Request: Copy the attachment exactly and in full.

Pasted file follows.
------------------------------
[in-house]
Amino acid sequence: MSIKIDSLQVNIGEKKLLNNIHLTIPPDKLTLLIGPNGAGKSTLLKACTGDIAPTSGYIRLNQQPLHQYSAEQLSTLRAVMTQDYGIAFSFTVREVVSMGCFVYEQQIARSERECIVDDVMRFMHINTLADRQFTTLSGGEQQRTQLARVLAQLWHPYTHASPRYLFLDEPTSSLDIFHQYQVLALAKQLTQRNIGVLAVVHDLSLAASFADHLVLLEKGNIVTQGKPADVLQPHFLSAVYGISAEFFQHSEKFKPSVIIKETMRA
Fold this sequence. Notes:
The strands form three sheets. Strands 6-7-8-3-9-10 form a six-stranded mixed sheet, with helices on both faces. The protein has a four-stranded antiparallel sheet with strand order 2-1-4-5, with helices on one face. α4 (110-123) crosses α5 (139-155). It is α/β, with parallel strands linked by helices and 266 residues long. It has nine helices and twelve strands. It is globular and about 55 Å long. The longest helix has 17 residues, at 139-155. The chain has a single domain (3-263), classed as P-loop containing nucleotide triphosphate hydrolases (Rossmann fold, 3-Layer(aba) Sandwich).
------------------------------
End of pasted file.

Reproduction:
[in-house]
Amino acid sequence: MSIKIDSLQVNIGEKKLLNNIHLTIPPDKLTLLIGPNGAGKSTLLKACTGDIAPTSGYIRLNQQPLHQYSAEQLSTLRAVMTQDYGIAFSFTVREVVSMGCFVYEQQIARSERECIVDDVMRFMHINTLADRQFTTLSGGEQQRTQLARVLAQLWHPYTHASPRYLFLDEPTSSLDIFHQYQVLALAKQLTQRNIGVLAVVHDLSLAASFADHLVLLEKGNIVTQGKPADVLQPHFLSAVYGISAEFFQHSEKFKPSVIIKETMRA
Fold this sequence. Notes:
The strands form three sheets. Strands 6-7-8-3-9-10 form a six-stranded mixed sheet, with helices on both faces. The protein has a four-stranded antiparallel sheet with strand order 2-1-4-5, with helices on one face. α4 (110-123) crosses α5 (139-155). It is α/β, with parallel strands linked by helices and 266 residues long. It has nine helices and twelve strands. It is globular and about 55 Å long. The longest helix has 17 residues, at 139-155. The chain has a single domain (3-263), classed as P-loop containing nucleotide triphosphate hydrolases (Rossmann fold, 3-Layer(aba) Sandwich).